Hull Reinforcement Methods

Discussion in 'Boat Design' started by Waverunner Eagl, Jun 18, 2016.

  1. Waverunner Eagl
    Joined: Dec 2012
    Posts: 11
    Likes: 0, Points: 0, Legacy Rep: 10
    Location: California

    Waverunner Eagl Junior Member

    Hello,

    I have an old stand up jet ski project I'm working on that has a set of braces on the side of the hull. I think the ones I have are mostly visual, rather than functional. My question is - what is a stronger way to attach an aluminum brace to a fiberglass hull?

    Currently the brace is held on with 6 #10 fasteners, on the back side, each fastener has a standard washer and a locknut. Other variations I have considered are the 6 #10 fasteners, but with a backing plate to sandwich the hull. What about using an epoxy to bind the brace to the hull? Another thought was to use a larger number of smaller fasteners - probably rivets.

    I have a basic engineering education, but little practical experience. I'm planning to construct a new set of braces, so any input would be greatly appreciated.


    Thank you

    [​IMG]
     
  2. PAR
    Joined: Nov 2003
    Posts: 19,133
    Likes: 476, Points: 93, Legacy Rep: 3967
    Location: Eustis, FL

    PAR Yacht Designer/Builder

    Those trapezoidal aluminum pieces are decorative in nature, so anything will do. I'd just bond them on and skip the potential leak points altogether. Epoxy would be the choice and look up how to prep aluminum for bonding at westsystem.com. If you prefer a hard fastener, consider a "nutsert" which is a rivet with a machine thread, instead of a hollow shank.
     
  3. Waverunner Eagl
    Joined: Dec 2012
    Posts: 11
    Likes: 0, Points: 0, Legacy Rep: 10
    Location: California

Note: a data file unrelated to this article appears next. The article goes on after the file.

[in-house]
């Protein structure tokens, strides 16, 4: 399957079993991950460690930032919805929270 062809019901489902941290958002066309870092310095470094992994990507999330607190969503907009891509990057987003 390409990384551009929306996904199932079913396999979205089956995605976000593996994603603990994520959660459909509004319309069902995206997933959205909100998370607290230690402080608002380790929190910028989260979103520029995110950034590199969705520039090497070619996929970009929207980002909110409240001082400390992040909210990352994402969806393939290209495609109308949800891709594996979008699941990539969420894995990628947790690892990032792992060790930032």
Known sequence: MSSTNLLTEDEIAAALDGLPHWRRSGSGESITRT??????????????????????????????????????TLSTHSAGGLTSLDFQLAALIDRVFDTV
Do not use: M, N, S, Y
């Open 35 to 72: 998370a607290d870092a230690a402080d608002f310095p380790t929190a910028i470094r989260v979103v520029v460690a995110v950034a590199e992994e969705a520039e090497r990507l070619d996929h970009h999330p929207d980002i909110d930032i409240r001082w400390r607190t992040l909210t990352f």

Waverunner Eagl Junior Member

    Thank you for the reply, and for confirming my thoughts.

    The nutserts are a great idea, I am heading towards an interference problem between the nuts that hold on the "brace" and the rather large exhaust I am using and I think they might solve my problem.

    This ski also has a brace around the nose of the ski. The area under the small trapezoid in front is very prone to cracking. I think the best solution is to reinforce the area from the inside with more glass. However, let's say for whatever reason I couldn't glass the inside, how would you recommend reinforcing the area with an aluminum plate? Or am I completely barking up the wrong tree?
     
  4. Waverunner Eagl
    Joined: Dec 2012
    Posts: 11
    Likes: 0, Points: 0, Legacy Rep: 10
    Location: California

    Waverunner Eagl Junior Member

    I'm just going to bump this up to the top to see if anyone else has any input

    Thanks all
     
  5. upchurchmr
    Joined: Feb 2011
    Posts: 3,053
    Likes: 150, Points: 63, Legacy Rep: 579
    Location: Ft. Worth, Tx, USA

    upchurchmr Senior Member

    Perhaps a picture of the nose "brace" would help.
    If you already have an aluminum brace that the glass cracks under, why would you want to try that again?
    Where are the cracks - on other boats I assume.
     
  6. Waverunner Eagl
    Joined: Dec 2012
    Posts: 11
    Likes: 0, Points: 0, Legacy Rep: 10
    Location: California

    Waverunner Eagl Junior Member

    It's the small piece near the front of the ski with the three bolts on the first picture.
    It's impossible to determine if the ski cracked before or after the brace was installed, most likely it was before the brace.
     

  7. upchurchmr
    Joined: Feb 2011
    Posts: 3,053
    Likes: 150, Points: 63, Legacy Rep: 579
    Location: Ft. Worth, Tx, USA

    upchurchmr Senior Member

    All I see is a piece of aluminum with about 20 fasteners that goes side to side.
    Is that what you are talking about?
    is the crack only under the piece on the side right where the cowling opening heads upward?

    Where does the crack go? Between fasteners, vertically, horizontally or otherwise.

    General rule of thumb is that if you want to return the strength, you have to add the same amount of material.
    If you want it to not crack again you need to add some more.
    That is if you add glass.
     
Loading...
Forum posts represent the experience, opinion, and view of individual users. Boat Design Net does not necessarily endorse nor share the view of each individual post.
When making potentially dangerous or financial decisions, always employ and consult appropriate professionals. Your circumstances or experience may be different.